Typically the gluteus maximus acts to extend the hip and then allows for external rotation of the hip. The greater activation of the gluteus maximus on the preferred or drive leg indicated that it was active in externally rotating the drive hip throughout the arm-cocking and acceleration phases. From a kinematic chain standpoint, this increased activation may result in an increased rate of axial pelvis rotation throughout these phases. This is evident in the positive relationship (r = 0.730, p ≤ 0.05 at maximum external rotation; r = 0.831, p ≤ 0.05 at release) between the rate of axial pelvis rotation and preferred gluteus maximus activity at the points of maximum external shoulder rotation and ball release.

In a similar fashion, the gluteus medius acts as an internal rotator of the hips. As the nonpreferred leg (plant leg) was planted, the magnitude of gluteus medius activation increased. After foot contact, nonpreferred gluteus medius activity increased to a level near 145% of MVIC. This, coupled with the fact that the rate of axial pelvis rotation peaked just before release indicates that the nonpreferred gluteus medius may not simply function as a pelvic stabilizer throughout these phases, but may also function to allow for increased internal hip rotation during the arm-cocking and acceleration phases of the pitching motion. This is supported further by the observed positive relationship between axial pelvis rotation and nonpreferred gluteus medius activity (r = 0.794, p ≤ 0.05 at maximum external rotation; r = 0.779, p ≤ 0.05 at release). Also throughout the arm-cocking phase, preferred gluteus medius activity was observed to be inversely related to the rate of axial pelvis rotation (r = −0.824, p ≤ 0.05 at maximum external rotation). This again indicates that the role of the gluteus medius may be twofold, with it serving as both a pelvic stabilizer and an internal hip rotator with the latter action possibly being directly related to the ability of a pitcher to control the rate of axial pelvis rotation.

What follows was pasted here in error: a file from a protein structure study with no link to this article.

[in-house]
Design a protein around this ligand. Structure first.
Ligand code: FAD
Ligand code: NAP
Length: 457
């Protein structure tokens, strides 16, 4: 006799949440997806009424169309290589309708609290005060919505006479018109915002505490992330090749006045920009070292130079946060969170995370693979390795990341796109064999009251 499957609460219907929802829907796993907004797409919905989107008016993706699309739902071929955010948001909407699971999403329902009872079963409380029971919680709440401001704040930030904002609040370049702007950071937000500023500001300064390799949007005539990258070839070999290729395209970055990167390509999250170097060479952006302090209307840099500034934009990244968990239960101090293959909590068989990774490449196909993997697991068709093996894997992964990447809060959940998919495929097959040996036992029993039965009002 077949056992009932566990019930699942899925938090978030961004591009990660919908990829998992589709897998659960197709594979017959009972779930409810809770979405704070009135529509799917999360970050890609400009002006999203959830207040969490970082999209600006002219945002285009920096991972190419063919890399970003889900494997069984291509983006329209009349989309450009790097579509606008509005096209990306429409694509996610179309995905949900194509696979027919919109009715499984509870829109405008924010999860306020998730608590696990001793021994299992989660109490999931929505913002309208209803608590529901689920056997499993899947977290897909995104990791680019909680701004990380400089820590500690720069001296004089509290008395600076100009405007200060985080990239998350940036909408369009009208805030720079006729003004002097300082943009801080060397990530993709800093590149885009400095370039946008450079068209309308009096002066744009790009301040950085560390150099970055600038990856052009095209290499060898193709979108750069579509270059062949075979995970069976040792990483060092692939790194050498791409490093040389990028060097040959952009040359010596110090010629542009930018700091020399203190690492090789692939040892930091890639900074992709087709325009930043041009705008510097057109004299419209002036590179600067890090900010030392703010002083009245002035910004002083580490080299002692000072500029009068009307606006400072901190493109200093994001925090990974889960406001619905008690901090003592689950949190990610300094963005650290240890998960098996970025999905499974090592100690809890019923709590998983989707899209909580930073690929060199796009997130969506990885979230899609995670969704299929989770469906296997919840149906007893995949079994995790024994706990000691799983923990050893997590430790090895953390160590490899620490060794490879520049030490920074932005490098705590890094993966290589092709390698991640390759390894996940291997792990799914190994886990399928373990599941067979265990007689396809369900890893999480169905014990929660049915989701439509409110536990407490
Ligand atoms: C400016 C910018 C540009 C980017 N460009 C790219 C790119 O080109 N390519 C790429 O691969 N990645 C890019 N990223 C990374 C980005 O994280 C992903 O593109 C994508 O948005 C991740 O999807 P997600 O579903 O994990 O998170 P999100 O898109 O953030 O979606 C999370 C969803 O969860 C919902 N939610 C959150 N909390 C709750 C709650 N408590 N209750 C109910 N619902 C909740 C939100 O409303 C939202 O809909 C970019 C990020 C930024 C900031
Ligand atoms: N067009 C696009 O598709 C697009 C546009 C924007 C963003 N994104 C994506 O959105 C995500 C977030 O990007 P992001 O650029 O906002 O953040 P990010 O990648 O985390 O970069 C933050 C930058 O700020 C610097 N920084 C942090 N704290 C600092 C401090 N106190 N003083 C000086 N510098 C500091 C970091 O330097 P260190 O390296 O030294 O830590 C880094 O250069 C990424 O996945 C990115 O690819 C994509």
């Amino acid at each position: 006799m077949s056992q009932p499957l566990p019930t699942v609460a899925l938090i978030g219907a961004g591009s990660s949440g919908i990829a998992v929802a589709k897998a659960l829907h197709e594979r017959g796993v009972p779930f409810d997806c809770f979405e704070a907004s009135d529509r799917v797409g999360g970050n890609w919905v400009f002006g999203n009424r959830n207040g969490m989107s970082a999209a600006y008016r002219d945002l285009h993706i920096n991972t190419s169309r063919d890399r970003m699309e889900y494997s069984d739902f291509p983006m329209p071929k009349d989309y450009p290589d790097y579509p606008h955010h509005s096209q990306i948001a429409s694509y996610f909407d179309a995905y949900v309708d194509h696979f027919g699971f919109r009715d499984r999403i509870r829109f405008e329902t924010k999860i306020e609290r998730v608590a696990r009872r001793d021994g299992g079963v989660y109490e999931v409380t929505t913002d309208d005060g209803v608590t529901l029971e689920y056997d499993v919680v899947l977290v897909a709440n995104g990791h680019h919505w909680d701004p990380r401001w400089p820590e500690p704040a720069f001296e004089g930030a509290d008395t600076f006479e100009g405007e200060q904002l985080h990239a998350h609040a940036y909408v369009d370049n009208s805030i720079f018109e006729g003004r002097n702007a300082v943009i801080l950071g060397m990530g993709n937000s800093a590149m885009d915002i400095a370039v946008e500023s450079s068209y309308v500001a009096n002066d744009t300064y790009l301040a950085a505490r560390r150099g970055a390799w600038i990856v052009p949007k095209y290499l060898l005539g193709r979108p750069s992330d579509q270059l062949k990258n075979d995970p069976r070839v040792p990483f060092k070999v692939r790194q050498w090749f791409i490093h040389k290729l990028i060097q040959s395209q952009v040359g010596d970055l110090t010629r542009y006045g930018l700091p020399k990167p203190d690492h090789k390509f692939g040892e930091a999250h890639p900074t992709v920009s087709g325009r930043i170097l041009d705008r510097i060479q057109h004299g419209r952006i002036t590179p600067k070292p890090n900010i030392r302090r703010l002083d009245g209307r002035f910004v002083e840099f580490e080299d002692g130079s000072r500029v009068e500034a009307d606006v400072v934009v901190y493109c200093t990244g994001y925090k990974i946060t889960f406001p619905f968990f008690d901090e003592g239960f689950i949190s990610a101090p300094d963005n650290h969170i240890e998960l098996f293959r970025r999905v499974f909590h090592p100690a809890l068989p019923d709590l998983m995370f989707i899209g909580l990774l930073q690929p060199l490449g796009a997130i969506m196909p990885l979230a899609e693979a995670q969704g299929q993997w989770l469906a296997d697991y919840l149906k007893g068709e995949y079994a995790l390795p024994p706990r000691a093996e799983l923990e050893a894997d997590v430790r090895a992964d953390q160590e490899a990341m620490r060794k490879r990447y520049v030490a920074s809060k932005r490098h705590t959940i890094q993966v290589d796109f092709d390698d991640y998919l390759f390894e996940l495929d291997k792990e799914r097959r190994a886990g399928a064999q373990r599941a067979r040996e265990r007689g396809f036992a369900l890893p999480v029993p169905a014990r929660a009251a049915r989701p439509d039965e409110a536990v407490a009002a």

In examining the rate of axial torso rotation, no significant relationships were observed between any gluteal activity parameters and the rate of axial torso rotation. However, because the pitching motion progresses sequentially from the pelvis to the torso (1), variability in pelvis rotation may be directly related to variability in torso rotation. The interclass correlation coefficients calculated between the 2 dependent variables support this notion and indicate that the rate of axial torso rotation may be directly related to the rate of axial pelvis rotation.

Practical Applications

The findings from this study indicate that during the baseball pitch, there is a need for greater control of gluteal activation throughout the pitching motion. These findings may have implications for future injury prevention mechanisms within the pitching cycle. Furthermore, it can be inferred that the activation of the gluteal group may have a greater influence on the entire pitch vs. only trunk and pelvic control.

It has been previously suggested that throughout the pitching motion, kinematic alterations in the actions of proximal segments may result in kinematic alteration in the actions of distal segments (1,27) as in the actions of the pelvis could alter the actions of the torso. It has also been suggested that baseball pitchers who exhibit difficulty in controlling the rate of trunk rotation may increase their risks for injury (1). The results of the current study indicate that the pattern of gluteal activity observed throughout the pitching motion is directly related to the rate of axial pelvis rotation, and indirectly related to the rate of axial torso rotation. Thus, to better control the rate of both axial pelvis and torso rotation, high-school pitchers should focus on specific training techniques that will allow for the use of both the preferred and nonpreferred gluteal musculature in an appropriate manner throughout the pitching motion. By doing so, pitchers of this age may be able to better control both the rate and timing of axial rotation during pitching, and possibly decrease the risks of developing overuse injuries, such as to the elbow and shoulder that are commonly associated with poorly controlled trunk kinematics throughout the pitching motion. In an attempt to train the gluteal muscle group, athletes should focus on adequately training their core musculature through isometric exercises that address not only the abdominals but also the gluteal muscle group. Protocols such as the ones developed by Szymanski and Fredrick (28), Hendrick (13), Akuthota and Nadler (2), and Handzel (12) are great adjuncts to baseball training regimens.


The authors would like to thank Bob Carver and his support of the throwing biomechanics research being conducted at the University of Arkansas, Priscilla Dwelly, Hiedi Hoffman, and Jackie Booker for their aid in data collection, and the coaches, the players, and their parents without whose participation, this study would not have been possible. No authors received financial support for this study.


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electromyography; kinetic chain; overhead throwing